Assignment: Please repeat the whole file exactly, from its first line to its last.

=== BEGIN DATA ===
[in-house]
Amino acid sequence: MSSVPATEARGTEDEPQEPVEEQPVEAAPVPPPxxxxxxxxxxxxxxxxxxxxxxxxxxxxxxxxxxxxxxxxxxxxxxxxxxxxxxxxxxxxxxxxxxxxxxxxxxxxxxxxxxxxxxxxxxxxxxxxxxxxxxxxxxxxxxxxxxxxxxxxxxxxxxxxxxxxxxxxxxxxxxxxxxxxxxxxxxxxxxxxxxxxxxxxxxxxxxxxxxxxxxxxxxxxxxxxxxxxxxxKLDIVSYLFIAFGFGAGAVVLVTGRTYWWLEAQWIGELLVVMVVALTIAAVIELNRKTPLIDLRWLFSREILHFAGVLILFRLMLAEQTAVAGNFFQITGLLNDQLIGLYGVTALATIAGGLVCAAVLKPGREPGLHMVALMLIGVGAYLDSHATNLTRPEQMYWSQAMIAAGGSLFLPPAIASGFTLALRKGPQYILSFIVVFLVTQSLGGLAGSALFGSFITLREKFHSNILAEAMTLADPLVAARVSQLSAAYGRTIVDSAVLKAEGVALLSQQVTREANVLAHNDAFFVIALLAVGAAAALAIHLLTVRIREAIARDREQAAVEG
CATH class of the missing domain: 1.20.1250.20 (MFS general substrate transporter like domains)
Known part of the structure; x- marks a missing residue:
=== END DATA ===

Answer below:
[in-house]
Amino acid sequence: MSSVPATEARGTEDEPQEPVEEQPVEAAPVPPPxxxxxxxxxxxxxxxxxxxxxxxxxxxxxxxxxxxxxxxxxxxxxxxxxxxxxxxxxxxxxxxxxxxxxxxxxxxxxxxxxxxxxxxxxxxxxxxxxxxxxxxxxxxxxxxxxxxxxxxxxxxxxxxxxxxxxxxxxxxxxxxxxxxxxxxxxxxxxxxxxxxxxxxxxxxxxxxxxxxxxxxxxxxxxxxxxxxxxxxKLDIVSYLFIAFGFGAGAVVLVTGRTYWWLEAQWIGELLVVMVVALTIAAVIELNRKTPLIDLRWLFSREILHFAGVLILFRLMLAEQTAVAGNFFQITGLLNDQLIGLYGVTALATIAGGLVCAAVLKPGREPGLHMVALMLIGVGAYLDSHATNLTRPEQMYWSQAMIAAGGSLFLPPAIASGFTLALRKGPQYILSFIVVFLVTQSLGGLAGSALFGSFITLREKFHSNILAEAMTLADPLVAARVSQLSAAYGRTIVDSAVLKAEGVALLSQQVTREANVLAHNDAFFVIALLAVGAAAALAIHLLTVRIREAIARDREQAAVEG
CATH class of the missing domain: 1.20.1250.20 (MFS general substrate transporter like domains)
Known part of the structure; x- marks a missing residue: